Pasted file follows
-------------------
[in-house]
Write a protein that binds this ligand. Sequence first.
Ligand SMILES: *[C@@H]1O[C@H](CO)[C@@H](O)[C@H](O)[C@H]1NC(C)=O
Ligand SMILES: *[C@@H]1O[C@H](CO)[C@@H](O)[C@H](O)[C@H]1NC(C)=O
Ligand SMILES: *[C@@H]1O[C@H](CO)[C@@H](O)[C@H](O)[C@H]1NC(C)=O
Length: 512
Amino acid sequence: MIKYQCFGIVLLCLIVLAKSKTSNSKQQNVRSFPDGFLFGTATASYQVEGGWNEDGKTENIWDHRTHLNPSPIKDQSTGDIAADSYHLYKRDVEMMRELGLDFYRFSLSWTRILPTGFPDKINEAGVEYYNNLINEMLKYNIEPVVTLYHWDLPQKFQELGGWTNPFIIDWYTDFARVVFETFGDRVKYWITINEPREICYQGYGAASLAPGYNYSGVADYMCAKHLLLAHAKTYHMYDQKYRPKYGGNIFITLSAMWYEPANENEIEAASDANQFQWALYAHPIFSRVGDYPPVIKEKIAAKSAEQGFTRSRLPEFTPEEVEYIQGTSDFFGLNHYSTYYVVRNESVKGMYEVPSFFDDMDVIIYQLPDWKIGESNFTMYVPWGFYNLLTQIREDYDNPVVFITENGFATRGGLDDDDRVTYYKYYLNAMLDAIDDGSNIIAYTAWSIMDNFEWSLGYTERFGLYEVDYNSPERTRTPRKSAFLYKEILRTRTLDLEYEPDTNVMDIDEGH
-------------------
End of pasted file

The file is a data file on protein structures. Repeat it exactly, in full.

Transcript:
[in-house]
Write a protein that binds this ligand. Sequence first.
Ligand SMILES: *[C@@H]1O[C@H](CO)[C@@H](O)[C@H](O)[C@H]1NC(C)=O
Ligand SMILES: *[C@@H]1O[C@H](CO)[C@@H](O)[C@H](O)[C@H]1NC(C)=O
Ligand SMILES: *[C@@H]1O[C@H](CO)[C@@H](O)[C@H](O)[C@H]1NC(C)=O
Length: 512
Amino acid sequence: MIKYQCFGIVLLCLIVLAKSKTSNSKQQNVRSFPDGFLFGTATASYQVEGGWNEDGKTENIWDHRTHLNPSPIKDQSTGDIAADSYHLYKRDVEMMRELGLDFYRFSLSWTRILPTGFPDKINEAGVEYYNNLINEMLKYNIEPVVTLYHWDLPQKFQELGGWTNPFIIDWYTDFARVVFETFGDRVKYWITINEPREICYQGYGAASLAPGYNYSGVADYMCAKHLLLAHAKTYHMYDQKYRPKYGGNIFITLSAMWYEPANENEIEAASDANQFQWALYAHPIFSRVGDYPPVIKEKIAAKSAEQGFTRSRLPEFTPEEVEYIQGTSDFFGLNHYSTYYVVRNESVKGMYEVPSFFDDMDVIIYQLPDWKIGESNFTMYVPWGFYNLLTQIREDYDNPVVFITENGFATRGGLDDDDRVTYYKYYLNAMLDAIDDGSNIIAYTAWSIMDNFEWSLGYTERFGLYEVDYNSPERTRTPRKSAFLYKEILRTRTLDLEYEPDTNVMDIDEGH